Nutrition Corner: Why and how men should eat tomatoes

August 17th, 2017 10:48 am

Lycopene, a natural occurring compound found in tomatoes, typically headlines as a prostate cancer preventive. This phytochemical has been the spotlight of studies, including one which looked at other foods containing lycopene, such as watermelon.

Most of us look to tomatoes to protect against prostate cancer. According to the American Institute for Cancer Research, a study found that men who consume higher amounts of lycopene have a lower risk of prostate cancer. An average tomato has about three milligrams of lycopene. The study reported a one percent decrease in prostate cancer risk for each additional milligram of lycopene eaten per day.

When looking at tomatoes as a source of lycopene, men who ate the highest amounts had a 10 percent lower risk of developing prostate cancer.

After reviewing the study, I asked the question, “What other foods contain lycopene?”

Grapefruits contain about 85 percent of one cup, as do raw cherry tomatoes. Papayas and one slice of fast food cheese pizza contain a little less, only approximately 69 percent. Tomato sauce takes the lead with 10 times the amount that’s found in one cup of cherry tomatoes, and cooked tomatoes are much higher Just swallowing the food, however, does not always mean the body absorbs all its lycopene.

Carotenoids, the family to which lycopene belongs, are absorbed in the intestines. To be absorbed, carotenoids first need to be “released” from the food. Food processing and cooking helps to release lycopene from the food, hence, increasing absorption. But the process also needs a little bit of fat. Three-to-five grams of fat is sufficient to ensure that lycopene is absorbed into the body. That equates to about 1 teaspoon of oil.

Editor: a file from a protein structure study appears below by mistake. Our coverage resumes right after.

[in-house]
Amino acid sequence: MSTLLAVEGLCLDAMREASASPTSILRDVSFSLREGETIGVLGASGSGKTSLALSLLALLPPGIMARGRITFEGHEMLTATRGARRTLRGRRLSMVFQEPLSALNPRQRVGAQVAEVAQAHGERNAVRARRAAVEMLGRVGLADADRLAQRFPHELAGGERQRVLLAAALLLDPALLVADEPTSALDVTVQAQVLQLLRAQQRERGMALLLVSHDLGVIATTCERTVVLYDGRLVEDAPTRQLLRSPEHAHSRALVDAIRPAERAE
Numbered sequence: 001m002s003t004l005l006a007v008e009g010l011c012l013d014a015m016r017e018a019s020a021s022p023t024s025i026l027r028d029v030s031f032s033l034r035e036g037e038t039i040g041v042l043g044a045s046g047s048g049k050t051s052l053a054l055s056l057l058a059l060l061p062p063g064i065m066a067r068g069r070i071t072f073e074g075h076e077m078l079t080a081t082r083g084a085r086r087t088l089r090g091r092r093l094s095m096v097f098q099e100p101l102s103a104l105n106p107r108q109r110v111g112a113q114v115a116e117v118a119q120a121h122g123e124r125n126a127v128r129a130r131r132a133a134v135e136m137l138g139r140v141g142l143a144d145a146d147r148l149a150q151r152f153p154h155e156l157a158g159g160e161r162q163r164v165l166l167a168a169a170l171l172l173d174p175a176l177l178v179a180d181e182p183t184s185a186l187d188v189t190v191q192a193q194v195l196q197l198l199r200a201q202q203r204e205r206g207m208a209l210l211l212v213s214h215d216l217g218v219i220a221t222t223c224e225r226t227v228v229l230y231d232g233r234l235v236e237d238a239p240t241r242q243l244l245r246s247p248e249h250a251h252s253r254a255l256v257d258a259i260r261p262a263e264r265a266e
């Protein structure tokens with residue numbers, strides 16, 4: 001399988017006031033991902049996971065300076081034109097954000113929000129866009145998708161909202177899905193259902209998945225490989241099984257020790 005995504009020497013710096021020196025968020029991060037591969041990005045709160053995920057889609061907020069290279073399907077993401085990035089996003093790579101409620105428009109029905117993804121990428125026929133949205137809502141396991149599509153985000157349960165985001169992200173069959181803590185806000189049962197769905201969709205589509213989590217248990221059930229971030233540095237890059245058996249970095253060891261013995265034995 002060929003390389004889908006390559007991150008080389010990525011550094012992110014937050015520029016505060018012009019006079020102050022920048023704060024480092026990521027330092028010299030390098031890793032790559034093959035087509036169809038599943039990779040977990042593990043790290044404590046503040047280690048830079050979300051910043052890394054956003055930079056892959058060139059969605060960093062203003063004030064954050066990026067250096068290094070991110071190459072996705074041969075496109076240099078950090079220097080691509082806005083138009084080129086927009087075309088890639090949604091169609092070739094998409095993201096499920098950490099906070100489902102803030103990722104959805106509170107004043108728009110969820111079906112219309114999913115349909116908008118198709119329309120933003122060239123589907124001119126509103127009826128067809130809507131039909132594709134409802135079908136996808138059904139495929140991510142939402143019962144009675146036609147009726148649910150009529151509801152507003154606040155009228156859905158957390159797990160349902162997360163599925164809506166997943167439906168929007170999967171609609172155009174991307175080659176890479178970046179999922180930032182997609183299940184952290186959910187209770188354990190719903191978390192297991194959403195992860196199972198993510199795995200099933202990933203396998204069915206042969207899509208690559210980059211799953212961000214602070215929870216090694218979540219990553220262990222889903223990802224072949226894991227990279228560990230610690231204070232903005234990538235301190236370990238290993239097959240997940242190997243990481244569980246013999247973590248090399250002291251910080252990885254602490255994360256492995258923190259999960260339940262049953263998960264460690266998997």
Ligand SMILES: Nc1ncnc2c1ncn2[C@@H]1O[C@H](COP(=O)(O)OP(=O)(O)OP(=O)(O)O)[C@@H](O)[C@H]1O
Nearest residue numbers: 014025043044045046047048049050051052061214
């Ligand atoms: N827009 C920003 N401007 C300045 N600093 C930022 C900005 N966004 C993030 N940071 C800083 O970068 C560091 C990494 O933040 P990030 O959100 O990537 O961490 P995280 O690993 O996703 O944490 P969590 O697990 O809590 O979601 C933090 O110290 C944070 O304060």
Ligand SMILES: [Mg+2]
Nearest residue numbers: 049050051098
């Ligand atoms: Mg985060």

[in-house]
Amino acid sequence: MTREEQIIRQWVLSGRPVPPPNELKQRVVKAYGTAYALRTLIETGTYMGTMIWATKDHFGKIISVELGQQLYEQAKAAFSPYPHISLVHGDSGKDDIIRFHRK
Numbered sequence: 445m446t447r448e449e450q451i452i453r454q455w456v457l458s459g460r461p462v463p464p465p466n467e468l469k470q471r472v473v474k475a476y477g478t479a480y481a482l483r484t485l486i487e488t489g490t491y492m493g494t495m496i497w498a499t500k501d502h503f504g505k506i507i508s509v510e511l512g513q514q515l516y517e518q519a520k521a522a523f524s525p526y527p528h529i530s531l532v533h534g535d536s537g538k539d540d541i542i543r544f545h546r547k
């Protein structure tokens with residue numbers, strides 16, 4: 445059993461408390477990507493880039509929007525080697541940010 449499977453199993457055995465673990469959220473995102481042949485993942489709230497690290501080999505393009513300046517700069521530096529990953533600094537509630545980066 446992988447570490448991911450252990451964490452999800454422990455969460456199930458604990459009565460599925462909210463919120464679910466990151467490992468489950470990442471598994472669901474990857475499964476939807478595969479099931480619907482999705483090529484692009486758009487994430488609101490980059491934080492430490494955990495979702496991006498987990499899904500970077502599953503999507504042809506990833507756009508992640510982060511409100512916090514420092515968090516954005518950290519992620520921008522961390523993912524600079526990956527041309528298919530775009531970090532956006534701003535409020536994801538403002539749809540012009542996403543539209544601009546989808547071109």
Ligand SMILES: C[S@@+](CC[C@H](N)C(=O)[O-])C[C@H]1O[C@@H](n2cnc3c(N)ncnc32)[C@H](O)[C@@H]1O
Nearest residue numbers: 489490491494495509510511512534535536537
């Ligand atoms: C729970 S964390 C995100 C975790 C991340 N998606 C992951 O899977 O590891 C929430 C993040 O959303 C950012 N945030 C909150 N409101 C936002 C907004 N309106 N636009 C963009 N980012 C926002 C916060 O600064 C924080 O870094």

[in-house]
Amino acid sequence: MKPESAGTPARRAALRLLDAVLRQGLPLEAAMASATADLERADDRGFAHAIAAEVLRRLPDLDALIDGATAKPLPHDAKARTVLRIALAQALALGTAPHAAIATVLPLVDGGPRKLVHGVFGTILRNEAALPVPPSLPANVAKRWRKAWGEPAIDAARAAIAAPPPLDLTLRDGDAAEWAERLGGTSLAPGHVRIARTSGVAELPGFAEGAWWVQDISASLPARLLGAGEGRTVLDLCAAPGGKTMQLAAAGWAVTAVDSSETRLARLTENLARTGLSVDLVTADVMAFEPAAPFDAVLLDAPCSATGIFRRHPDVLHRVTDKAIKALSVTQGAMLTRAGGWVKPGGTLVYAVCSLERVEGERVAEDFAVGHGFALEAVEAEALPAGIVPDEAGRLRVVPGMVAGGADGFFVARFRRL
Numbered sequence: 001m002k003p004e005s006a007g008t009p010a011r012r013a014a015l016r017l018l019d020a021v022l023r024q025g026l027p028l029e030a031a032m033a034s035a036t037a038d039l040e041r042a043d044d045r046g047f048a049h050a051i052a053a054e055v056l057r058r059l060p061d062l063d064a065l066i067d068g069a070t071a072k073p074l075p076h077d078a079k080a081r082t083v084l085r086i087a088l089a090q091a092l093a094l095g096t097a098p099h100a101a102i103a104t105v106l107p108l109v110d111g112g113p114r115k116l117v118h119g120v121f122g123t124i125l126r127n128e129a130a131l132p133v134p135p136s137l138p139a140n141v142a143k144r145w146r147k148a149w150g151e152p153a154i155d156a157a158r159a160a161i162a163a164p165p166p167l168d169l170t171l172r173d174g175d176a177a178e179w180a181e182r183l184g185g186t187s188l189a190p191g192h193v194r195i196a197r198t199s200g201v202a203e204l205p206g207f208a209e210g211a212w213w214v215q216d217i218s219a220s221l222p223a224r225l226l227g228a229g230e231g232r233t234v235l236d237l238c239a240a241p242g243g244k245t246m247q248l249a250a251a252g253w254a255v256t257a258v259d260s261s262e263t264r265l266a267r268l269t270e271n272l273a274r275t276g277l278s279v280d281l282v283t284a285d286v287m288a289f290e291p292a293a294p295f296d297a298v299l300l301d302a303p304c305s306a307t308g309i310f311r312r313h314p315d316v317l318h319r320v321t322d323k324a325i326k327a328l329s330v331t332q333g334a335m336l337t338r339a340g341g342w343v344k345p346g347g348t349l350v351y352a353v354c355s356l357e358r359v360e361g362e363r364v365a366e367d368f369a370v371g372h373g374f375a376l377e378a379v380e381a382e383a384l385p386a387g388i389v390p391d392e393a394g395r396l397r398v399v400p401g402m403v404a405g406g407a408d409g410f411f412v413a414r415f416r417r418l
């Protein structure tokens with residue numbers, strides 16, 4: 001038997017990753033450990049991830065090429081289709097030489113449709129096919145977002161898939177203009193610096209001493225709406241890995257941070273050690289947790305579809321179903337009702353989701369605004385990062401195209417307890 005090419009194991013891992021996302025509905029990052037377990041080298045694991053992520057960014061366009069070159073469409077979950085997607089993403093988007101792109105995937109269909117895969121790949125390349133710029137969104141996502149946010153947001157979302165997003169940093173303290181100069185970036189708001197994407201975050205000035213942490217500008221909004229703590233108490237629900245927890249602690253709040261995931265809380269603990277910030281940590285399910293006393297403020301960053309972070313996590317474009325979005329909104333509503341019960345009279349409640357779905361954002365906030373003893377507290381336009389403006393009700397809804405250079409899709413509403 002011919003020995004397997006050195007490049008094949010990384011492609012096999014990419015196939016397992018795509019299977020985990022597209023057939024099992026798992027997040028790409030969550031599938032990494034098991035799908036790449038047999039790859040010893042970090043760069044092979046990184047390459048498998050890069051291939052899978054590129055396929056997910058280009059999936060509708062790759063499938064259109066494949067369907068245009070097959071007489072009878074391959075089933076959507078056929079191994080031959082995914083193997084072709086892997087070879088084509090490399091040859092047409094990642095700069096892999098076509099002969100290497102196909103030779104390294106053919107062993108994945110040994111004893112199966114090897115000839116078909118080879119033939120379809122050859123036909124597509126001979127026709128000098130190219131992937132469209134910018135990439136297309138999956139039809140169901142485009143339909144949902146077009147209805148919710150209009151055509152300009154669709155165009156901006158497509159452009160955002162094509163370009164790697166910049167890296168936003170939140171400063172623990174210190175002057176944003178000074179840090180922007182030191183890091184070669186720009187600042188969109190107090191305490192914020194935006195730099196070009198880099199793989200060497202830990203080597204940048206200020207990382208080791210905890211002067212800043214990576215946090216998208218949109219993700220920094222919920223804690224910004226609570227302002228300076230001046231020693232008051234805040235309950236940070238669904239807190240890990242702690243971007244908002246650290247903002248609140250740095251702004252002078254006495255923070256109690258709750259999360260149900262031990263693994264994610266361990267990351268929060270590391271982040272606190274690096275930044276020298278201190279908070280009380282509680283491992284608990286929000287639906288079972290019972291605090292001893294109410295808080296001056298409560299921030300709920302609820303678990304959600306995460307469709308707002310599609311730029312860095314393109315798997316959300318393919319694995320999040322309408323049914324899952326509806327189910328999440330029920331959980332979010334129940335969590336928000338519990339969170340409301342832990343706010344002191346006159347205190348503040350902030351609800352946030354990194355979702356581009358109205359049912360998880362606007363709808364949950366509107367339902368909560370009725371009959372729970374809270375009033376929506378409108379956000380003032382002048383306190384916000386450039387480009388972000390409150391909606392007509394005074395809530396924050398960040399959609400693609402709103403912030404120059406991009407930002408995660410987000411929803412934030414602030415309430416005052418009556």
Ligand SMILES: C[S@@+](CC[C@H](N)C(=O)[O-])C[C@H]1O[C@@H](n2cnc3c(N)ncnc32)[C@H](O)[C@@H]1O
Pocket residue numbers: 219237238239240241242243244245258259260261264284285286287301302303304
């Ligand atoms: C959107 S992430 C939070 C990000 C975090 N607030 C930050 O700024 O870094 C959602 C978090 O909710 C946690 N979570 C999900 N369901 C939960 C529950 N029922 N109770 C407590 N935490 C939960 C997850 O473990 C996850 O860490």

Vegetable or fruit?

Still contemplating whether tomatoes are a vegetable or a fruit? Consider this: vegetables are the edible part of the plant, stems, leaves or roots. Fruit is the edible part of the plant that contains seeds. In the US, we term tomatoes a vegetable as they lowers the import tax. Vegetables have less tax than fruits.

Tomatoes are sometimes picked unripe. If the tomato is not quite ripe, do not place it in direct sunlight; place it in a paper bag with an apple or banana. If tomatoes are ripe, store away from bananas or apples, or they will over ripen.

Enjoy fresh tomatoes. However, men should choose to eat tomatoes as a sauce. Try this recipe to boost lycopene; it’s a cooked recipe and has a bit of fat in it.

Vegetarian Spaghetti Sauce

2 tablespoons olive oil

2 onion (medium, chopped)

3 cloves garlic clove (chopped)

1 1/4 cups zucchini (sliced)

1 tablespoon oregano (dried)

1 tablespoon basil (dried)

1 can tomato sauce (8 oz.)

1 can tomato paste (low sodium, 6 oz.)

2 tomatoes (medium, chopped)

In a medium skillet, heat oil. Sauté onions, garlic and zucchini in oil for five minutes on medium heat. Add remaining ingredients and simmer covered for 45 minutes. Serve over spaghetti. Enjoy!

Nutrition Corner Mary R. Ehret
http://www.psdispatch.com/wp-content/uploads/2017/08/web1_Ehret.CMYK_-2.jpgNutrition Corner Mary R. Ehret

Mary Ehret is the Penn State Extension Nutrition Links Supervisor in Luzerne, Lackawanna, Monroe, Carbon, Sullivan and Bradford counties. Reach her at 570-825-1701 or at mre2@psu.edu.


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